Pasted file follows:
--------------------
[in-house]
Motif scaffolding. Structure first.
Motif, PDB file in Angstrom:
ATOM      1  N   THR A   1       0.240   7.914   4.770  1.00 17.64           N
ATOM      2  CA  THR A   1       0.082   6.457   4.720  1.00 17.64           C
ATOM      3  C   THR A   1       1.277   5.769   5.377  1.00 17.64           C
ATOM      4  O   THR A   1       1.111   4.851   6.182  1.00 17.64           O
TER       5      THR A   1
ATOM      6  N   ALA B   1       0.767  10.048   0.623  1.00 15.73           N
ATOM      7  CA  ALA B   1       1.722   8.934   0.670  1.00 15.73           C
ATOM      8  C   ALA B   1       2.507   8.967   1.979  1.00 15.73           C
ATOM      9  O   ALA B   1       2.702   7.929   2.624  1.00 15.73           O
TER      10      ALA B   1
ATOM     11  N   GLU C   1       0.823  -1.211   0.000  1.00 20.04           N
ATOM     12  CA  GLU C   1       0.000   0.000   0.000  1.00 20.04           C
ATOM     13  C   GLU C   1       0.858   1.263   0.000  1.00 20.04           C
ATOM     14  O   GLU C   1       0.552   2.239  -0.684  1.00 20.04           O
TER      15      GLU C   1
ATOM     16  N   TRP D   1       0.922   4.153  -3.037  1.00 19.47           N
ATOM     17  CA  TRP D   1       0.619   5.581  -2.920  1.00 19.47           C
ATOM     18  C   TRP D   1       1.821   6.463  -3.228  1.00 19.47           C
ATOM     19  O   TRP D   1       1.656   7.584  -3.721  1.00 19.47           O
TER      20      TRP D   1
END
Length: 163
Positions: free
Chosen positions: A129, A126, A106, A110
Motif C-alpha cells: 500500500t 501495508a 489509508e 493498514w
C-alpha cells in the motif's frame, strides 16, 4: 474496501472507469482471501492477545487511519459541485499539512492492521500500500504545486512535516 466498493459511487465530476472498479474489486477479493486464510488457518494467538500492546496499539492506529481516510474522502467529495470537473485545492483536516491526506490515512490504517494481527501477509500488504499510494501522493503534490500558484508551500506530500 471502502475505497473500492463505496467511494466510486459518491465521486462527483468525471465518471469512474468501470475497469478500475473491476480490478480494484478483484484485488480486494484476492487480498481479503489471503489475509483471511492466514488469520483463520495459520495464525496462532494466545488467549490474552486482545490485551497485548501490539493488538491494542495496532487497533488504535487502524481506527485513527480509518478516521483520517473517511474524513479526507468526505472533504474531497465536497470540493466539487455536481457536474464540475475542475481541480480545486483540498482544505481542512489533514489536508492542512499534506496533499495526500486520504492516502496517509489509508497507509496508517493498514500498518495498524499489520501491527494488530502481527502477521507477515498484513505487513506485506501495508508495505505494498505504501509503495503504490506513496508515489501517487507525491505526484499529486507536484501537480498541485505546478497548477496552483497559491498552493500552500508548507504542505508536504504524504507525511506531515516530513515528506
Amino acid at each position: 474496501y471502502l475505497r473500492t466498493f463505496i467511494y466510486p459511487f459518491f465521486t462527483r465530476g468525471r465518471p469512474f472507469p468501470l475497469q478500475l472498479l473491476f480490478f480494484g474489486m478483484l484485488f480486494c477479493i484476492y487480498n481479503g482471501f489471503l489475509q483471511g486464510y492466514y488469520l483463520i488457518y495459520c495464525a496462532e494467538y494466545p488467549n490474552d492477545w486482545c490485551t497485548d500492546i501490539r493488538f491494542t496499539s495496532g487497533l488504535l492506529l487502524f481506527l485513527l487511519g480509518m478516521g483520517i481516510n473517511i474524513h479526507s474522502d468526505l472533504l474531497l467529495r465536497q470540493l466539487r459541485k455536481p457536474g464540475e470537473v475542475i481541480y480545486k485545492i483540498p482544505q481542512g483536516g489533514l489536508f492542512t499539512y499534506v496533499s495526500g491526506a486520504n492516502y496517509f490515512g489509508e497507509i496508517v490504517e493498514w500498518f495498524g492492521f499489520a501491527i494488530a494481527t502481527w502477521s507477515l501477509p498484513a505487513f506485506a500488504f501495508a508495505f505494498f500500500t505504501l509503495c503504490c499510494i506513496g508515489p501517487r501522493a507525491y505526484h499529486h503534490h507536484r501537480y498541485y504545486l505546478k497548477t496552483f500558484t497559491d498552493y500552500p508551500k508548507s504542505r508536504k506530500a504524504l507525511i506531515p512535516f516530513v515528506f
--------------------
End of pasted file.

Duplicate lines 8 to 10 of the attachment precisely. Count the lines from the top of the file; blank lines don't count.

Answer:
TER       5      THR A   1
ATOM      6  N   ALA B   1       0.767  10.048   0.623  1.00 15.73           N
ATOM      7  CA  ALA B   1       1.722   8.934   0.670  1.00 15.73           C